A food dehydrator has been on my wish list for a few summers now. A friend loaned me this simple dehydrator and I’ve experimented a bit. First up were tomatoes. I scored a big basket full of juicy big ones & sweet cherry tomatoes for a few dollars as sprinkles descended on the Farmers Market.
After slicing them about ¼” thick, I layered them on the trays & cooked ‘em for about 8 hours. When it was time for tasting, they were like candy!
I ate as many as I preserved – a quart sized Ziplock bag went into the freezer. The not quite dry ones were preserved in olive oil with a few garlic cloves and are stored in the fridge. The plan is to top a gourmet (wheat-free) pizza crust with these babies. Then use the infused olive oil as a salad dressing. Yum.
Next came sweet potatoes. After researching drying times online, I decided not to pre-bake them, since they were sliced thin. My electric vegi slicer came in handy – just load up the chute with vegi’s and uniform slices pop out the other end. Kind of like a Playdough factory on steroids.
It was fun experimenting with different seasonings. The cayenne pepper chips had a bit of a bite. The ginger was interesting, but least favorite. Best of all was just a touch of sea salt to balance the sweetness of the sweet potatoes. I passed around samples at the Farmers Market, then sold several snack bags of chips in following weeks.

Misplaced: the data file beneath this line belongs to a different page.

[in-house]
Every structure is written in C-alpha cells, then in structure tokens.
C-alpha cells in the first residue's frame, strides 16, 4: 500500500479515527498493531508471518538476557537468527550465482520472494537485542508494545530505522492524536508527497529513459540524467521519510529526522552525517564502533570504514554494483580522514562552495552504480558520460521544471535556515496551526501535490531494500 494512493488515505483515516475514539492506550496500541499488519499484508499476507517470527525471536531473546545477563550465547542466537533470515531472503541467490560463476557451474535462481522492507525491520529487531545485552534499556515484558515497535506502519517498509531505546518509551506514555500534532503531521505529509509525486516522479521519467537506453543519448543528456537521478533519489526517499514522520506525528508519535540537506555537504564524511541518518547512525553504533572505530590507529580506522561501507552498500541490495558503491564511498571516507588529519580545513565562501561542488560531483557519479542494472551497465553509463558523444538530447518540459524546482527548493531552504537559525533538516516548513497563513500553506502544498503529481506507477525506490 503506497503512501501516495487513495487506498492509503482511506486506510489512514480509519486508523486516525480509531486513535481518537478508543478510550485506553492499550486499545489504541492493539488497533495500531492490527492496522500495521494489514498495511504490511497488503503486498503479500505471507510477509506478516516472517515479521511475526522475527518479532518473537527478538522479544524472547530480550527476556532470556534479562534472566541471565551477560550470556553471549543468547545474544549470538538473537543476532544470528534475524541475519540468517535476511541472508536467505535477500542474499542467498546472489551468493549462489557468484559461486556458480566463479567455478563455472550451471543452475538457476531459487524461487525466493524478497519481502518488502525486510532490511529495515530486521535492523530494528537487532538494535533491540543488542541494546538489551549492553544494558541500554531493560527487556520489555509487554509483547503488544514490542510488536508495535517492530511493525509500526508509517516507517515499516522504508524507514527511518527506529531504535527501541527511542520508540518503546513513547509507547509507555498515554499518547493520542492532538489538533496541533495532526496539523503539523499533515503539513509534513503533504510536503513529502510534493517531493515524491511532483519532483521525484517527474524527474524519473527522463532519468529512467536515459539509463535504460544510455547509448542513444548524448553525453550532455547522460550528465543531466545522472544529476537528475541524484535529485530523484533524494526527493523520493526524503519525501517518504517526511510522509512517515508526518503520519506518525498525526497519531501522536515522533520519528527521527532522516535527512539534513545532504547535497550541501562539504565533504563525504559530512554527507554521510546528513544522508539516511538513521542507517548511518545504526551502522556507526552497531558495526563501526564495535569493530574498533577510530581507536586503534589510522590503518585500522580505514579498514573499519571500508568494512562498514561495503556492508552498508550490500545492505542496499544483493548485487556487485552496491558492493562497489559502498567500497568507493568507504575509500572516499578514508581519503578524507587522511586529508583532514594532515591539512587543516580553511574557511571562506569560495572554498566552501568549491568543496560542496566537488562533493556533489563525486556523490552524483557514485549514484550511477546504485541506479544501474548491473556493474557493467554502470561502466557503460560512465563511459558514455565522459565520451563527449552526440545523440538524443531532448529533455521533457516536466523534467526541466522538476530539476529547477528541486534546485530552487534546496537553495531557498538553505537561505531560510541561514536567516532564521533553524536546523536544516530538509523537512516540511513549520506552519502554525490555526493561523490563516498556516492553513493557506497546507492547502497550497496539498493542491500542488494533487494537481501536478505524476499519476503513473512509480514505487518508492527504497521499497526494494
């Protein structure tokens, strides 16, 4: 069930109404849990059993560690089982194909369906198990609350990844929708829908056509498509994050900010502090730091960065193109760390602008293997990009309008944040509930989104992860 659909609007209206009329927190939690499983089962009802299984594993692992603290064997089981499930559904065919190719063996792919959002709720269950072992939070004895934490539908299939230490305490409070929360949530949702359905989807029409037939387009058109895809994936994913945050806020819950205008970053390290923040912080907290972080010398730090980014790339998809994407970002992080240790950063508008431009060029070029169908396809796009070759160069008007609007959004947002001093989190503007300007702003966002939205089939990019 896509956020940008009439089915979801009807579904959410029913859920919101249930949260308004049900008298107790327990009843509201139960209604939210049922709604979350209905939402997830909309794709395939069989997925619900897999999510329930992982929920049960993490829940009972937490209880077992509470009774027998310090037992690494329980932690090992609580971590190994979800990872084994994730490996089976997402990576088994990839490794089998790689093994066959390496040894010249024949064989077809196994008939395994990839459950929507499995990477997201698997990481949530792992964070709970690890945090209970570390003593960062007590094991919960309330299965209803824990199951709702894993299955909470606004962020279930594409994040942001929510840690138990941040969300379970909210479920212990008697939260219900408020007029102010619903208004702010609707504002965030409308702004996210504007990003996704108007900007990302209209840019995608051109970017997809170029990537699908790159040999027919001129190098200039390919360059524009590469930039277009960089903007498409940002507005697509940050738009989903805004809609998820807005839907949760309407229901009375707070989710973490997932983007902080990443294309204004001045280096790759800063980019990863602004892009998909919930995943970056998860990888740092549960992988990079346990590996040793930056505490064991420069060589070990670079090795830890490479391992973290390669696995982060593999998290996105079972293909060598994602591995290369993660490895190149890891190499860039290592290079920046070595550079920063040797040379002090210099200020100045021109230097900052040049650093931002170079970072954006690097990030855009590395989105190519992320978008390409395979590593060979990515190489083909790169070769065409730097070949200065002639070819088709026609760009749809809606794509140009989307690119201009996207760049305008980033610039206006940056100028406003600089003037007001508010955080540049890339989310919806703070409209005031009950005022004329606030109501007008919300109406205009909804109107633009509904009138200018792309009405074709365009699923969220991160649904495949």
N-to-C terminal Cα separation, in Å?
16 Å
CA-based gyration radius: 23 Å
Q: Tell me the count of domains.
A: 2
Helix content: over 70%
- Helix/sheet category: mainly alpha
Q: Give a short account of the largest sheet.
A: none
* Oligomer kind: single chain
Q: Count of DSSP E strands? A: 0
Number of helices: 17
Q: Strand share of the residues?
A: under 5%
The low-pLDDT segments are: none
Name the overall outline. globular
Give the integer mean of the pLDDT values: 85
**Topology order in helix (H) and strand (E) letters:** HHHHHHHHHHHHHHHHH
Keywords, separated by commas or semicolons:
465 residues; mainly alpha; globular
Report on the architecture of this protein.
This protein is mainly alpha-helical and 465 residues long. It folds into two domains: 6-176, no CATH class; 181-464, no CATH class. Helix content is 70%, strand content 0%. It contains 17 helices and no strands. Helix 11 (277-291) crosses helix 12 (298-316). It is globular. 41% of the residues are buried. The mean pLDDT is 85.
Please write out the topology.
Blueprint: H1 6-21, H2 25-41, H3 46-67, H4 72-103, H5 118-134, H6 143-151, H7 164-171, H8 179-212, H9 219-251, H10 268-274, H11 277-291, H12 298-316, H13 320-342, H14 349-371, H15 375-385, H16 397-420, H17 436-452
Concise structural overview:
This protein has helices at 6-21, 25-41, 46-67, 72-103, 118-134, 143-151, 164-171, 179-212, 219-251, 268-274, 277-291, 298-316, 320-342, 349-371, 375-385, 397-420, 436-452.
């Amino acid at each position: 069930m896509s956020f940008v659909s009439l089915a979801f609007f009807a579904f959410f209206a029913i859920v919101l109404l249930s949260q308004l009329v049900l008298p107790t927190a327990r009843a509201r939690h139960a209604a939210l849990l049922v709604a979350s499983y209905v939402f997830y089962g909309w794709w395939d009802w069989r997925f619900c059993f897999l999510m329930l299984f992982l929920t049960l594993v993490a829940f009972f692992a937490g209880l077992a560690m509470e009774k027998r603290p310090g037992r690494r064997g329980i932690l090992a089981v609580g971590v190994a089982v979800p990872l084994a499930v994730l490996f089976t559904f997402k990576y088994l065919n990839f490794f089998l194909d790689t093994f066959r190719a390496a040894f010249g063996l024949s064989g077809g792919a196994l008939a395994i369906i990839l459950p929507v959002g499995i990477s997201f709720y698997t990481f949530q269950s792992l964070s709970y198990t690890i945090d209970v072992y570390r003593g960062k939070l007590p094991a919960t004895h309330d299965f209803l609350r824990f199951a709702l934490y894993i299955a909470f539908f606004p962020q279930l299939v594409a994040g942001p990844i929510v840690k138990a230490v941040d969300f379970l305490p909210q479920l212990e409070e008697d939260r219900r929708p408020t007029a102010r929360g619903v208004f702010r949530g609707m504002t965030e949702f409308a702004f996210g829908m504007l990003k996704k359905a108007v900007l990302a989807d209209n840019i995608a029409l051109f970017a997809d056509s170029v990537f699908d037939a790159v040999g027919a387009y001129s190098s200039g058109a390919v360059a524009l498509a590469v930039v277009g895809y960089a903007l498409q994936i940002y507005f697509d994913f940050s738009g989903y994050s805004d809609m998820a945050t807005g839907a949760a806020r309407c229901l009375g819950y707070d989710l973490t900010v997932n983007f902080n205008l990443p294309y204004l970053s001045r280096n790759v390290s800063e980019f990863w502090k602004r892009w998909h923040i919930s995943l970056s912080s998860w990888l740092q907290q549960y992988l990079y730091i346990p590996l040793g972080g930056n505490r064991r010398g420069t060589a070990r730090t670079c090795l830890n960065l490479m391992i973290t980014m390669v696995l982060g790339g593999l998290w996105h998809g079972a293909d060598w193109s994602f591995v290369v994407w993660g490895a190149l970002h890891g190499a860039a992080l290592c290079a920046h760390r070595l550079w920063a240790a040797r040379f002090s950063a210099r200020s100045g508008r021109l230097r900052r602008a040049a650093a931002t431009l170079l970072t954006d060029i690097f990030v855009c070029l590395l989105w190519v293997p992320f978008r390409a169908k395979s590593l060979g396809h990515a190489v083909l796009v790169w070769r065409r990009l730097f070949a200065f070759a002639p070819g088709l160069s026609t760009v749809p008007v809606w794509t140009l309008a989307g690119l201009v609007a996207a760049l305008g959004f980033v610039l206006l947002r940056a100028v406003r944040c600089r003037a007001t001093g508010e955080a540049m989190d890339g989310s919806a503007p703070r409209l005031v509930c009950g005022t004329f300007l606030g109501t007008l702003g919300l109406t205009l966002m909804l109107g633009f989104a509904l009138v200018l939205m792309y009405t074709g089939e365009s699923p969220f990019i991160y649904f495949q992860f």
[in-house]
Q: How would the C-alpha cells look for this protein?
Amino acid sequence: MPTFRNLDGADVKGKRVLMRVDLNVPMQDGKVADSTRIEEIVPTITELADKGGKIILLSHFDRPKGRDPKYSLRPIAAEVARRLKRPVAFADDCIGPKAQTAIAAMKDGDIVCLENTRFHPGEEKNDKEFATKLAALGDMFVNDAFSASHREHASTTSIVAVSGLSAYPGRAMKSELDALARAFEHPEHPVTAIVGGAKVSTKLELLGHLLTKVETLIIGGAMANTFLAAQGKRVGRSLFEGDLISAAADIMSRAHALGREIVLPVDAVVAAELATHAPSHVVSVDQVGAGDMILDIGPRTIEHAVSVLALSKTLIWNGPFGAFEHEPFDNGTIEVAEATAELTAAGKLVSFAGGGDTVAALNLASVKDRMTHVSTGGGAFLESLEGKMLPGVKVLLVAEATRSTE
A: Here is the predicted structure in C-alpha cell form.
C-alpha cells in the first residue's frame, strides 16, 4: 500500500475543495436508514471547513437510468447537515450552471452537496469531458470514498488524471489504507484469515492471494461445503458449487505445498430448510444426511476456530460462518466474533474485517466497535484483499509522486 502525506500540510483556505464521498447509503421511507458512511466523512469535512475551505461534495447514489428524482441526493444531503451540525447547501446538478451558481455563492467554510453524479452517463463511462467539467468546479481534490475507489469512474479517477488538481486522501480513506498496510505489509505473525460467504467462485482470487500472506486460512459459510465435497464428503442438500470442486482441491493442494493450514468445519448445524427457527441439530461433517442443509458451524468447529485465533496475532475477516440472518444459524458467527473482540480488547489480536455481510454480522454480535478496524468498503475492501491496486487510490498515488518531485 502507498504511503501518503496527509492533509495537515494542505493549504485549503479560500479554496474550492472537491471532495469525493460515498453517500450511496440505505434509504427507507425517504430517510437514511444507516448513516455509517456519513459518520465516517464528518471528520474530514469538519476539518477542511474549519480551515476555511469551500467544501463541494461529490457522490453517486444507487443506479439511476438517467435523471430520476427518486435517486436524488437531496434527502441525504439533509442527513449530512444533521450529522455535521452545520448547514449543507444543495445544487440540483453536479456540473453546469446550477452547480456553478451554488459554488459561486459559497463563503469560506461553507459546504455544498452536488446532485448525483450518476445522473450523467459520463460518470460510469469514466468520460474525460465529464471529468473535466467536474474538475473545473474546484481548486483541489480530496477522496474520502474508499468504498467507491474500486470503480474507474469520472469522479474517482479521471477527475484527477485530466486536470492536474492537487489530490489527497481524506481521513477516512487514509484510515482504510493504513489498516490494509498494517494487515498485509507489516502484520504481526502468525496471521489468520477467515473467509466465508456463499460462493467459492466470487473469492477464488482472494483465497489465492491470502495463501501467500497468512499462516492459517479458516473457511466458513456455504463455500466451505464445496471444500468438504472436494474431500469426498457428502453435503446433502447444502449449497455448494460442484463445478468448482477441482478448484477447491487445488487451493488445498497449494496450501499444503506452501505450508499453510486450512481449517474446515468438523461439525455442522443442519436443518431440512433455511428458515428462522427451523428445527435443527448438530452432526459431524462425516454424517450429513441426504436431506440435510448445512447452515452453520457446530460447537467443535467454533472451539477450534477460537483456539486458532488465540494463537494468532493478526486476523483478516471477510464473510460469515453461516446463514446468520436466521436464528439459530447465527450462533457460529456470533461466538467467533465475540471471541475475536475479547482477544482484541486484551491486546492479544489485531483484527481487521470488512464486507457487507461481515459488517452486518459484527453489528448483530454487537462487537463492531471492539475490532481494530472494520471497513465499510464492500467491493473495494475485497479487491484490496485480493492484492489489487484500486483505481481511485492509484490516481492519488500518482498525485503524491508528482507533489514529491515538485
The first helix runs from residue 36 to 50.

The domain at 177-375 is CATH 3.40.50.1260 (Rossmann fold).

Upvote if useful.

Dehydrated kale has become a new favorite treat. I just sprinkled some organic tamari onto the leaves and dried them for about an hour. They were best eaten fresh off the trays. Got a bit soggy in plastic bags & the tamari started to make a mess. They were a hit when thrown into a stir fry. There’s a traditional Latino market in town with loads of vegi’s and bulk spices. I picked up some yucca root to make Cuban yucca with mojo and onions, then thought “Why not dehydrate some? It’s starchy like a potato.” I’ll let you know how that turns out.
Think: What are your favorite dried foods? Sun dried tomatoes? Cranberries? Apple rings? Mushrooms? Why not grow your own, or buy in bulk in season, then dry your own?
Say: Let me know your favorite food drying tips & times. Anyone out there using a solar dryer?
Do: Stock up on dried foods from local markets. They make a quick addition to soups, casseroles & snack packs.